A pair of 3D-printed homes built in 24 hours are kicking off the 'world's first 3D-printed community.' They cost residents just $20 per month.

antitox

Well-Known Member
https://www.yahoo.com/news/pair-3d-printed-homes-built-165300144.html



Joshua Perez/New Story
  • A team of designers and philanthropists constructed two 3D-printed homes in 24 hours.
  • The homes are part of a planned community for low-income residents in Tabasco, Mexico.
  • Residents of the 3D-printed homes will be required to pay a mortgage of 400 pesos (about $20) per month for seven years.
  • Visit Business Insider's homepage for more stories.
In a rainy, rural site in the Mexican state of Tabasco, a pair of 3D-printed homes represent a milestone: They're the initial two structures in a community that aims to be the world's first 3D-printed housing development.
This month, a team of designers and philanthropists unveiled the houses, which are part of a planned 50-home neighborhood for low-income families.
It's the result of a collaboration between New Story, a San Francisco-based housing nonprofit, and Icon, a construction-technology company that designs 3D printers.
Take a look inside the brand-new structures.
At 500 square feet each, the homes take just 24 hours to print.



Joshua Perez/New Story
Icon's printer, known as Vulcan II (shown above), weighs about 3,800 pounds. It can operate during a power shortage and comes with LED lighting for printing at night.
The Vulcan II is operated via controls through a tablet, so only a few workers are requiredto print a home.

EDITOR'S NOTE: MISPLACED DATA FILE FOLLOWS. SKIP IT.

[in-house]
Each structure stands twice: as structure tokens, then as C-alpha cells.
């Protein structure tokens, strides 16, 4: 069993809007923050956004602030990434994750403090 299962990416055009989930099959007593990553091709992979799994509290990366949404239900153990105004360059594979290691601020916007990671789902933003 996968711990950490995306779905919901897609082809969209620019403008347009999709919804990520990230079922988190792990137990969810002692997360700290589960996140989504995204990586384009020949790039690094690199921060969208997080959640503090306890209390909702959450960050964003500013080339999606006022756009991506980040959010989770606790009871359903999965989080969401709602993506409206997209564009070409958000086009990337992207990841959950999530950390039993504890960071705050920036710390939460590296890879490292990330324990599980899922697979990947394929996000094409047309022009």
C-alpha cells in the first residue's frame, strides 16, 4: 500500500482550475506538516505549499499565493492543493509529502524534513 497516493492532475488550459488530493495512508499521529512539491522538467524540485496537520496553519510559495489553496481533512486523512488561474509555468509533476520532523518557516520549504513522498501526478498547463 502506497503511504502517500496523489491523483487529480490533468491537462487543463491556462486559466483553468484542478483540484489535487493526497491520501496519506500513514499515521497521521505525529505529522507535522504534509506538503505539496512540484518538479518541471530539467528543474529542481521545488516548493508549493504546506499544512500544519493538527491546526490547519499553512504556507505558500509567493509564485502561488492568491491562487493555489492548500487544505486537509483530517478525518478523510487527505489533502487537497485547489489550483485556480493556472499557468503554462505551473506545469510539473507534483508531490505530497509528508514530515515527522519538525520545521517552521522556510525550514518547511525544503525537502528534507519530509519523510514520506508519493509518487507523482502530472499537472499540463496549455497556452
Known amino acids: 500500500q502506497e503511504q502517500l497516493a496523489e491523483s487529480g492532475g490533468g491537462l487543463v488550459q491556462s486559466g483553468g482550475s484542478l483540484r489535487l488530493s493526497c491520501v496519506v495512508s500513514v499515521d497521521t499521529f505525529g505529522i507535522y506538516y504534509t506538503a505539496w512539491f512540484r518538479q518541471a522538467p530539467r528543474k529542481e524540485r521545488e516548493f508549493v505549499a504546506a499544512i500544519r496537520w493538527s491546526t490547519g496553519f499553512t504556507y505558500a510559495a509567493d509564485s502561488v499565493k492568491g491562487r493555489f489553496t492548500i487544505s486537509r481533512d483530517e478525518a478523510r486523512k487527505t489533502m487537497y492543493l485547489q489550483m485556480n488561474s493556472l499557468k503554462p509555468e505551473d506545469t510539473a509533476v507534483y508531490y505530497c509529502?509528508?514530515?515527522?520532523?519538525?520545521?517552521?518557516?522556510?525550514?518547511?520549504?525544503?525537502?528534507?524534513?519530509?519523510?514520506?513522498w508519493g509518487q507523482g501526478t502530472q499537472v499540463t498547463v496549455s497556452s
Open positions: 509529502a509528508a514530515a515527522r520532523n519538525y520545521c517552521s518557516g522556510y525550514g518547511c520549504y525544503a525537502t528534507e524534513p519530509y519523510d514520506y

The printing process is relatively simple: The printer churns out layers of cement, which amass to form the walls of the home.



The company's cement mixture is stronger than traditional building materials, so it can withstand extreme weather conditions.
Non-printed fixtures like doors and windows are installed at the end of the process.

To select who will get to live in the community, New Story surveyed more than 500 local families. The group promised the homes to 50 families with the greatest financial and physical needs.
 

moosejive

Well-Known Member
Technology being used the way it should be used! Providing a hand up, instead of handouts. I think many people would prefer that ,instead being made to feel less than because they need some help.
There is a movement for tiny homes, where people are cutting way back on “stuff”. Choosing to live in a home from 300-600 sq. ft in size. Some homes are really quite nice, but I think my books would filling the whole interior....:book;) Maybe I could start the library for a tiny home town!:nod:thumbup
 

Tall Timbers

Imperfect but forgiven
I got a tour of some micro-homes in Oregon when I was there recently. The owner of the bunch of them will rent them out (they're still getting built) at low cost to people who are wanting to save for a more traditional home. The idea is to give them an inexpensive place so they can more easily save for that later purchase. I think one of the requirements to live there is showing that you're saving up to purchase a home.
 
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